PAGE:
I was at fault for an accident while driving a company vehicle. How liable am I?

Asked about 2 years ago - Tucson, AZ

My wife and I were served today as defendants along with Sch**ns. I was at fault for failure to yield and the guy hit me going 40 to 45 mph. I no longer work for the company, but not due to the accident. I was laid off at a later date. I own nothing. The acccident happened 2 years ago. Am I liable for anything? I cannot afford an attorney. What do I do?

Attorney answers (4)

  1. Gary A Kester

    Contributor Level 17


    Lawyers agree

    Answered . You say that you were at fault for the accident for failing to yeild. I assume you are saying that you were at fault because you recieved a citacion. The fact that a person was or was not cited is inadmissable in the civil proceedings. They will still have to prove that you failed to yield, they can not rely on the citacion. Having said that, the fact you were cited does not mean anything. You have an obligation to yeild to all vehicles within the intersection or so close to the intersection as to constitute an immediate hazard (citing ARS 28-772). If this person was so far away from you that you could not anticipate them being a danger that could be a defense. They could also have fault for the accident. Anyway, as you can see, we dont know if your liable. Since you were driving a company vehicle, it should have insurance. They will defend you in the accident so you do not need to worry about paying one. Contact that old employer, get their insurance information and contact them and provide them with the suit papers. If you still have the ticket perhaps the insurance information is listed on it. It is absolutely essential that you get this to the insurance company so they can defend you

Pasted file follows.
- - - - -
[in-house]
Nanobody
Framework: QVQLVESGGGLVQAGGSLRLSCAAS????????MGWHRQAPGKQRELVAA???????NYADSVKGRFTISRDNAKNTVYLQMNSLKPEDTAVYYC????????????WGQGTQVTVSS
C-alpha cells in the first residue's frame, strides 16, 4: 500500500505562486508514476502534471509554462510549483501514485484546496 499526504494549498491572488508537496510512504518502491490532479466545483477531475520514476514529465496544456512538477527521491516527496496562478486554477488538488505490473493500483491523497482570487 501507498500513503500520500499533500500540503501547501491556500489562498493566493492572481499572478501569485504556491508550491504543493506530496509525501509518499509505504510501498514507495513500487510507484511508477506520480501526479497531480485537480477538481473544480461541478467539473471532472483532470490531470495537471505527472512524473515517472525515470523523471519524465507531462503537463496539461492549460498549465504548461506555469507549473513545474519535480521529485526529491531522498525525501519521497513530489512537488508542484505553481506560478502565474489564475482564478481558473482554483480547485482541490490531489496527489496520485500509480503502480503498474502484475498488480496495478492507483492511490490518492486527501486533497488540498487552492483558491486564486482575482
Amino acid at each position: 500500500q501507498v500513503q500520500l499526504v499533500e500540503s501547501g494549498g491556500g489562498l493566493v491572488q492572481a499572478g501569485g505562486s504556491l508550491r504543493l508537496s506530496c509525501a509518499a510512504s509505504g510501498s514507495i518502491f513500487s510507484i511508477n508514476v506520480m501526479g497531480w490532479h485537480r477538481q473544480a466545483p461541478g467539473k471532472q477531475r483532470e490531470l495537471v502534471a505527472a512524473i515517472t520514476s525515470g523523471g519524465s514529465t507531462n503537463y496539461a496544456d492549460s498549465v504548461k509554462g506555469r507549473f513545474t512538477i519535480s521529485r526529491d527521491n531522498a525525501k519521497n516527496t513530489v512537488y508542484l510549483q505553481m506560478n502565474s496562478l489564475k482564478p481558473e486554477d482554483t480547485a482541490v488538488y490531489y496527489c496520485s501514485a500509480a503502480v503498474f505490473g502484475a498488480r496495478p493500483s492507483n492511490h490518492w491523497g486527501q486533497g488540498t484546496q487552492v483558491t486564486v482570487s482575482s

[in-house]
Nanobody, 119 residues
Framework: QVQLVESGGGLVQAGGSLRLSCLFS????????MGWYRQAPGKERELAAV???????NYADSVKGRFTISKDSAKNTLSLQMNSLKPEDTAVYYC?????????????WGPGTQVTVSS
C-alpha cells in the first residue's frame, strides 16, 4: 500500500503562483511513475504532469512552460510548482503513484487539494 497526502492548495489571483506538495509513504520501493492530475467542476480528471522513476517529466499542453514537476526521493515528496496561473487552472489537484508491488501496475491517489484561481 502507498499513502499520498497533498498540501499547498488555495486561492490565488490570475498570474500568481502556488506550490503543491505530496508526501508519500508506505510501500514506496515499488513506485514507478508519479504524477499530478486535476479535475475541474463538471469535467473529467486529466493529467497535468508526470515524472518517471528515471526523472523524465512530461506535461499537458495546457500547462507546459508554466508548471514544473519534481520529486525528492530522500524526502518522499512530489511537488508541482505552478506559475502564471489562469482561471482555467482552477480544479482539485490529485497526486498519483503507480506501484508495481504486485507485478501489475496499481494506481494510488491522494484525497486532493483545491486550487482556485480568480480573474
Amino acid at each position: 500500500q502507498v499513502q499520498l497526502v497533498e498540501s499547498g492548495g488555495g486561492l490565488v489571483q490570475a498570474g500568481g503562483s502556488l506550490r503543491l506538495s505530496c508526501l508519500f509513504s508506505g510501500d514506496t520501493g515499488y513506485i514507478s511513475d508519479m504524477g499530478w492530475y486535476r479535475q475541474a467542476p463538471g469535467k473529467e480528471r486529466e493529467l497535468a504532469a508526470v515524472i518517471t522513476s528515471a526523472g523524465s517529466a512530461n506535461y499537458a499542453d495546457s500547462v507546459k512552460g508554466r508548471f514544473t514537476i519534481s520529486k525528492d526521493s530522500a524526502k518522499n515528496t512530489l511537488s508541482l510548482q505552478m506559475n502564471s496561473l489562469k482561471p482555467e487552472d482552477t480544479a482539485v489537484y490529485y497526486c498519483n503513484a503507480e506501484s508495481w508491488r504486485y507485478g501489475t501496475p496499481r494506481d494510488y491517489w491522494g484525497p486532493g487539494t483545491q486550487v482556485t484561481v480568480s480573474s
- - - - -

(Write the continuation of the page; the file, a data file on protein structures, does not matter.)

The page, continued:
I am an Arizona attorney. AVVO does not pay us for our responses. Simply because I responded to your question... more
  2. John Gus Zgourides

    Contributor Level 17


    Lawyers agree

    Answered . You do not say what state this happened in. Chances are that the insurance company for your employer owes you defense and indemnity. Your personal attorney would likely advise you to forward a copy of the suit papers to your former employer, demanding that they turn the lawsuit over to their liability insurer and provide you with a defense attorney. Do not delay.

    My responses to questions on Avvo are never intended as legal advice and must not be relied upon as legal advice.... more
  3. Mark A Kille

    Contributor Level 10


    Lawyers agree

    Answered . You should contact your automobile insurance company who insured you at the time of the collision. If your coverage was in force, it should provide you with counsel.

  4. Bret A. Schnitzer

    Contributor Level 16


    Lawyers agree

    Answered . Your employer, if they are still in business will hire a lawyer that should defend both you and them. Since your employer is liable for the accident, they have much to lose if you are not protected. Contact your ex-employer and ask for them to direct you to the attorney/claims adjuster to protect your interests.

    You should consult an attorney in your State at once.

Related Topics

Personal injury

If you suffer a personal injury as the result of the actions or negligence of another, you may seek financial compensation for physical or emotional damages.

Tickets for failure to yield

A failure to yield ticket is given for not yielding to other vehicles at a yield sign, for not yielding when merging, or for running a yellow light.

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